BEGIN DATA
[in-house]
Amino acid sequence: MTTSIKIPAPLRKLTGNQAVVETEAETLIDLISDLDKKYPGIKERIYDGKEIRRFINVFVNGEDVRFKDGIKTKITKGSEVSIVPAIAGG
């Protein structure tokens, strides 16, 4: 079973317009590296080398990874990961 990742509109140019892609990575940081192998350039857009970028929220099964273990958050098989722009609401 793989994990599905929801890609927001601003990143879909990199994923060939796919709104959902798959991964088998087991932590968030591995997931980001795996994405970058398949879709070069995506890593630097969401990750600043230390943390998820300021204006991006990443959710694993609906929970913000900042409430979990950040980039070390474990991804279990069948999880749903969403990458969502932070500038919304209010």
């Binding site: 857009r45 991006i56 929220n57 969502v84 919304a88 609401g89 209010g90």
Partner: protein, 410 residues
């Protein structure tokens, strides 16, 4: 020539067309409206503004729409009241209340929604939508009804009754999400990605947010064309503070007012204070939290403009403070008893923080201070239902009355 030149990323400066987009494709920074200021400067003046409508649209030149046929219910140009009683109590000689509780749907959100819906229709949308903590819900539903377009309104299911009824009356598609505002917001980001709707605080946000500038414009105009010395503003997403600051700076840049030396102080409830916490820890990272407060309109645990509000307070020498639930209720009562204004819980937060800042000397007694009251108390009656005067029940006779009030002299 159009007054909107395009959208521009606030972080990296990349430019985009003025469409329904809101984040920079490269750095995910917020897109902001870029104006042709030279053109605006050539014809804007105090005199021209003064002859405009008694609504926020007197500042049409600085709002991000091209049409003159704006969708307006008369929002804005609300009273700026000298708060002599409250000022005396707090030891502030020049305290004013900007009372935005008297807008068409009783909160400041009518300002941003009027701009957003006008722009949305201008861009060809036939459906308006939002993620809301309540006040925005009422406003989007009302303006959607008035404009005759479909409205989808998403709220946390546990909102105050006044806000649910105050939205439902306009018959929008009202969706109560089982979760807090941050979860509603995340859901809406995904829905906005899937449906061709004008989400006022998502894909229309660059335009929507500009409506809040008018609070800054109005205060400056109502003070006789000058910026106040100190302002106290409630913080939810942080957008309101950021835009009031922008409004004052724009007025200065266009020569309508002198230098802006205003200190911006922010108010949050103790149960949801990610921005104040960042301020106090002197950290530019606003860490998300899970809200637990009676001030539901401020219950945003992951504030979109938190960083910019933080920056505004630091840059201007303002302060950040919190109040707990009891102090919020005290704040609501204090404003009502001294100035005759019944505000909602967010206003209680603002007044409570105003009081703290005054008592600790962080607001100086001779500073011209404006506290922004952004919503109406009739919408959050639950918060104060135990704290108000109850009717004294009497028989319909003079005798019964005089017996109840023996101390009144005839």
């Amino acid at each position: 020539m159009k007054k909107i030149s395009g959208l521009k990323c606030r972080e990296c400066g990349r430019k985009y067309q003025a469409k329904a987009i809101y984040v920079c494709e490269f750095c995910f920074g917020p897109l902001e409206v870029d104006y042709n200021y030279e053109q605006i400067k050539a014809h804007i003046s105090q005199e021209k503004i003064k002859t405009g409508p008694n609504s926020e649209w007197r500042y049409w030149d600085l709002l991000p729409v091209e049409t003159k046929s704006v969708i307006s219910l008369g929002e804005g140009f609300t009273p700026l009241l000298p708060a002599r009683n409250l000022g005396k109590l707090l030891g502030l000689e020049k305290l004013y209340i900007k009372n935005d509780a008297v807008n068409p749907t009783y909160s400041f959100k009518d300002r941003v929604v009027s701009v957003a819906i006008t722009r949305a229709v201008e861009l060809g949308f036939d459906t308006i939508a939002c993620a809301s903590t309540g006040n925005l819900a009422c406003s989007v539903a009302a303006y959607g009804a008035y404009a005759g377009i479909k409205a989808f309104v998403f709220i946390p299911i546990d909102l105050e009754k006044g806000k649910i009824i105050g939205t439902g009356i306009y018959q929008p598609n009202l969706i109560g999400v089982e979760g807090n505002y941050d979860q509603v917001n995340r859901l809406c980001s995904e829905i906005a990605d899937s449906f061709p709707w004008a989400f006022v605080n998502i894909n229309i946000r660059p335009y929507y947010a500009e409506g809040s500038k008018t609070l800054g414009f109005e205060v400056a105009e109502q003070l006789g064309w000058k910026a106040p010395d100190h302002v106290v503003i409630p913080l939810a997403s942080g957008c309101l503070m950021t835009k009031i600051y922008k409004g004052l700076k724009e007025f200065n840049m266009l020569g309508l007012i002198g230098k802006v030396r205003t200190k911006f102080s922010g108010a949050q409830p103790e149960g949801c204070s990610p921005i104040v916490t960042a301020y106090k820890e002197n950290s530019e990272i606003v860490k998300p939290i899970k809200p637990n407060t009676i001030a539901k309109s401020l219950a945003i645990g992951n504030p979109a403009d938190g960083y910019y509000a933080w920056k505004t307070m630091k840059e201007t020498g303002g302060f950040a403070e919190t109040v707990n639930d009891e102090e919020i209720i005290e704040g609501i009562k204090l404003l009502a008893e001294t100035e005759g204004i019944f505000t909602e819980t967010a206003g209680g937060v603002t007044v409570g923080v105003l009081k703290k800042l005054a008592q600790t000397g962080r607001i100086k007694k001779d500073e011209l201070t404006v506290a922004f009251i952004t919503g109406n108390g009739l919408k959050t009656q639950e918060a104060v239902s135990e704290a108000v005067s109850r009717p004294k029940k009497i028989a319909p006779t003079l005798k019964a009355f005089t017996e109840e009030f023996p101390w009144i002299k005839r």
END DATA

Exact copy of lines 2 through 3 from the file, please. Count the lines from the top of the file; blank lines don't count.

Amino acid sequence: MTTSIKIPAPLRKLTGNQAVVETEAETLIDLISDLDKKYPGIKERIYDGKEIRRFINVFVNGEDVRFKDGIKTKITKGSEVSIVPAIAGG
């Protein structure tokens, strides 16, 4: 079973317009590296080398990874990961 990742509109140019892609990575940081192998350039857009970028929220099964273990958050098989722009609401 793989994990599905929801890609927001601003990143879909990199994923060939796919709104959902798959991964088998087991932590968030591995997931980001795996994405970058398949879709070069995506890593630097969401990750600043230390943390998820300021204006991006990443959710694993609906929970913000900042409430979990950040980039070390474990991804279990069948999880749903969403990458969502932070500038919304209010």